Mark Emmert has been president of the NCAA since October 2010 and saw his total compensation in 2016 raise by almost $500,000.
In the NCAA's tax return for 2016, it reveals that president Mark Emmert saw his base salary rise 42% from 2015 up to $2,078,075, according to Steve Berkowitz of USA Today.
According to USA Today, the tax returns indicate Emmert's salary increased by just more than $615,000 from the year before while his retirement and other deferred payments dropped by $200,000. Emmert did not receive a bonus in 2016, but he did bring in $290,185 in compensation that was neither salary or bonus pay, which was $70,000 more than the previously reported amount for the most he received in that form of compensation, according to USA Today.
With the pay jump, Emmert was making about as much as the commissioners of the Power Five Conferences, according to USA Today. Greg Sankey of the SEC and Jim Delany of the Big Ten were the two commissioners with the lowest total compensations for 2016 and they brought in around $1.9 million and $2.5 million, respectively, according to USA Today.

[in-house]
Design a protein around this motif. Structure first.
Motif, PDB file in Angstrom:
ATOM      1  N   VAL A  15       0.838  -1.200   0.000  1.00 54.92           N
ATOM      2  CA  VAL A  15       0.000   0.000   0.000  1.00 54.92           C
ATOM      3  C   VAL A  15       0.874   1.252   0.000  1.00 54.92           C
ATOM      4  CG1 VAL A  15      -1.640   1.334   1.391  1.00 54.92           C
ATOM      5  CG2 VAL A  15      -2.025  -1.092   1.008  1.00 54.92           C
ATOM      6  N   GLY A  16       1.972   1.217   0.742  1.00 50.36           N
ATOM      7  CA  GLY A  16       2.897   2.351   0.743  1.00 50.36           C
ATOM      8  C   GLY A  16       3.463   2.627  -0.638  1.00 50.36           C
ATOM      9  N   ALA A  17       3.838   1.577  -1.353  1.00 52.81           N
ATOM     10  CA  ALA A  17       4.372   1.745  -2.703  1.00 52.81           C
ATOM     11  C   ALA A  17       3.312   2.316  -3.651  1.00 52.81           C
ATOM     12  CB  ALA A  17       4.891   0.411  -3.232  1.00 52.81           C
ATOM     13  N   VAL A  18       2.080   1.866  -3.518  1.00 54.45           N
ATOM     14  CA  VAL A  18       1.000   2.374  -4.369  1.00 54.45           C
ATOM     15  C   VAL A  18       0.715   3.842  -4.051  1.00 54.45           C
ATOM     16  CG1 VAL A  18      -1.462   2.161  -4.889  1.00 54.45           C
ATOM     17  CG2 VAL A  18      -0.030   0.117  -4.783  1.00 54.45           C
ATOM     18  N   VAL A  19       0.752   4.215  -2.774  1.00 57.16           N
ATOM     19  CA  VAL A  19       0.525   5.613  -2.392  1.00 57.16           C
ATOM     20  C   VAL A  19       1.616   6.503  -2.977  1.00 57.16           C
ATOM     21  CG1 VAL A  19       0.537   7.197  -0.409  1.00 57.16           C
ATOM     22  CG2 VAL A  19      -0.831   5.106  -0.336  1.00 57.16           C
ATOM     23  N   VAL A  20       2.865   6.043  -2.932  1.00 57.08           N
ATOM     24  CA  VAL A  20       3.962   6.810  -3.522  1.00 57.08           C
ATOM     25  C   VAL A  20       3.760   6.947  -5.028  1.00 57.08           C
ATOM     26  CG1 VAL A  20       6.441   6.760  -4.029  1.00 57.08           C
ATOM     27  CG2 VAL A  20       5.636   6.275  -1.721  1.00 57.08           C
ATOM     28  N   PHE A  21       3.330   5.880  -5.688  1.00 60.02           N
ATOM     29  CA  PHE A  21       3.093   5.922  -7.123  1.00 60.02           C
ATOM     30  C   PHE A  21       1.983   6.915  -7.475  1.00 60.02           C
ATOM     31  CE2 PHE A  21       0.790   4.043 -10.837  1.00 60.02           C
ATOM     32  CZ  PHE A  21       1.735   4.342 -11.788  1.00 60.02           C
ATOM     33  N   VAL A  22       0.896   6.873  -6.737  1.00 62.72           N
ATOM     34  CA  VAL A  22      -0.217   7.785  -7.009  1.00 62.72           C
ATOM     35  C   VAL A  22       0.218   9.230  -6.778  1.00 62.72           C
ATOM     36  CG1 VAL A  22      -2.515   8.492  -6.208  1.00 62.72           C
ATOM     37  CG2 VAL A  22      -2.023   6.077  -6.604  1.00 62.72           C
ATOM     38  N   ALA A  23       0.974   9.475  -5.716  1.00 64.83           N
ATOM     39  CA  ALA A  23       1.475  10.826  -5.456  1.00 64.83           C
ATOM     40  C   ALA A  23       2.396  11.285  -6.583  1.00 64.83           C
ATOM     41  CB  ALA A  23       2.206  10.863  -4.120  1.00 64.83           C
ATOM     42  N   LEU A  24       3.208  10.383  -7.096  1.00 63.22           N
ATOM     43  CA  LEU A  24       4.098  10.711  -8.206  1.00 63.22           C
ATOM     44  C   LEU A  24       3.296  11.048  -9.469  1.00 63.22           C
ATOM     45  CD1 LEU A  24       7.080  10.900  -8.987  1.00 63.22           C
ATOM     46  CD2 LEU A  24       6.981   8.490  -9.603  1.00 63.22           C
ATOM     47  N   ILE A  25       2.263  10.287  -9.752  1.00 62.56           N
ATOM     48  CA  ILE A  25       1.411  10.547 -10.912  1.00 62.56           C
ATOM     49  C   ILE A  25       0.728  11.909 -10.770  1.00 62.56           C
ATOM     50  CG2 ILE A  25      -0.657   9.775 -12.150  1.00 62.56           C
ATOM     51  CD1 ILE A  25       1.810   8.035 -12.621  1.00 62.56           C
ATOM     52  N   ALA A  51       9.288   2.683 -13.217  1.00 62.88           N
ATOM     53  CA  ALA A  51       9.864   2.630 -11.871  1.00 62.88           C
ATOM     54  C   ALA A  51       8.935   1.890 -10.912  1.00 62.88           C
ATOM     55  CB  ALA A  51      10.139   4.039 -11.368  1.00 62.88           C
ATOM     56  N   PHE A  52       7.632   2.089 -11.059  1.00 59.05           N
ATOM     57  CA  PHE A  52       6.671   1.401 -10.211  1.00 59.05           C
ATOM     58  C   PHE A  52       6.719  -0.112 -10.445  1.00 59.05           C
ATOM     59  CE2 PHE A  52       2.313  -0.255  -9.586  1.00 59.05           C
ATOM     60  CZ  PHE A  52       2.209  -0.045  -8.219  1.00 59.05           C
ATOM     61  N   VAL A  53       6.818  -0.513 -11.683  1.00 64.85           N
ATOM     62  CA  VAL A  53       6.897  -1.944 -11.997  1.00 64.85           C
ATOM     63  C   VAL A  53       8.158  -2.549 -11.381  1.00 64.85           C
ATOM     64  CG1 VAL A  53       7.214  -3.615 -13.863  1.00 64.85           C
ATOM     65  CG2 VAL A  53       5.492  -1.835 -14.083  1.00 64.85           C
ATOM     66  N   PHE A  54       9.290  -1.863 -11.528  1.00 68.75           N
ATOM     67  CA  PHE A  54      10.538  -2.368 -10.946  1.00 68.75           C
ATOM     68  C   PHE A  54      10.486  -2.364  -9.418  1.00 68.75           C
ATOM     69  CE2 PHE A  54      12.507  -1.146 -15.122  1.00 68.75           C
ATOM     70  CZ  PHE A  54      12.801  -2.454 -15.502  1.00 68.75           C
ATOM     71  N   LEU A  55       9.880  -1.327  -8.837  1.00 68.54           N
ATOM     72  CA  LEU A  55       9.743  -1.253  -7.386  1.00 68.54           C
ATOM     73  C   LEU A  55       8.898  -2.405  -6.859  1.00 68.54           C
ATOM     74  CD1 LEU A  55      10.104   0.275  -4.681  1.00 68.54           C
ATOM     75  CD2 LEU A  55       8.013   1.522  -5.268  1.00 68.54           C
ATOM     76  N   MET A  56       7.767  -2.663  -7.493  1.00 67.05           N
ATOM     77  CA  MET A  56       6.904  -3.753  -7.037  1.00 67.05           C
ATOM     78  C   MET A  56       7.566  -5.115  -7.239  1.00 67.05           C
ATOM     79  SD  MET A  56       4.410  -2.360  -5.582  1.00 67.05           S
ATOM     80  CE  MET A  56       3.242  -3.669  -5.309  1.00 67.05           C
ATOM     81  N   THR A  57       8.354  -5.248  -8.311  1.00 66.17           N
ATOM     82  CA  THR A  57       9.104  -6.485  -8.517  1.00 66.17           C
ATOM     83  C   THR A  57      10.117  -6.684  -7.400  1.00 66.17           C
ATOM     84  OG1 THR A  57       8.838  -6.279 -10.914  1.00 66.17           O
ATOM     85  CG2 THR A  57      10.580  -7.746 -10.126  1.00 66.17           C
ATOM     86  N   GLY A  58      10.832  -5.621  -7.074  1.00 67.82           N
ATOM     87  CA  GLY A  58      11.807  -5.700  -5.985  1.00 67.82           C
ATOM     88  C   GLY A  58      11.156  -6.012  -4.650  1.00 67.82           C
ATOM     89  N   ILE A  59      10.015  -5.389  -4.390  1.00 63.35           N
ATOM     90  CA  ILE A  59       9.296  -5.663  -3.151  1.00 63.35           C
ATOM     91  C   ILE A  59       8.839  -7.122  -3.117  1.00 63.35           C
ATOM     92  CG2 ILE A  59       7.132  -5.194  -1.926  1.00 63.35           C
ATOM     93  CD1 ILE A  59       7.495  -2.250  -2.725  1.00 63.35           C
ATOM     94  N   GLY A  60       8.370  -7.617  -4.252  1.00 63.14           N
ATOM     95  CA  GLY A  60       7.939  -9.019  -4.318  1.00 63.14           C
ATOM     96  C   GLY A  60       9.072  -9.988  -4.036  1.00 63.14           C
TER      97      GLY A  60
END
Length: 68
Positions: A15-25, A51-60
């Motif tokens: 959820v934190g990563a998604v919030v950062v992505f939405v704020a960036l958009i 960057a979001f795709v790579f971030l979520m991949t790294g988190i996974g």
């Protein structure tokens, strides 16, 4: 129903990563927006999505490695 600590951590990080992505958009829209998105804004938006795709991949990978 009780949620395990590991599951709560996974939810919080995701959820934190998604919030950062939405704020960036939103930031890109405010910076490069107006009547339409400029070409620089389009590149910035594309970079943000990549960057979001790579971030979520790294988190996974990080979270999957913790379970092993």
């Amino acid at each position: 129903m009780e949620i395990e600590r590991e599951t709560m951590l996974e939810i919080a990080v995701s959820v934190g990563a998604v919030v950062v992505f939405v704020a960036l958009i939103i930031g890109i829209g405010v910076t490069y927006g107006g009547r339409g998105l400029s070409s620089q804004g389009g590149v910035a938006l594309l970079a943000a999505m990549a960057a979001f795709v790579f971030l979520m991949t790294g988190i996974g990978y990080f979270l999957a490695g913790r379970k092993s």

Emmert was not the only NCAA official who earned more than $1 million in 2016 though, as former executive vice president for championships and alliances, Mark Lewis, had more than $1.7 million in total compensation that year, according to USA Today.
Lewis left his job with the NCAA in April 2016, and despite not getting fired, he received almost $230,000 in what was called "severance" in addition to more than $925,000 in retirement and other deferred payments, according to USA Today.
There were nine other NCAA executives whose total compensation for 2016 exceeded $450,000, including Oliver Luck, who left the NCAA to become commisioner of the XFL.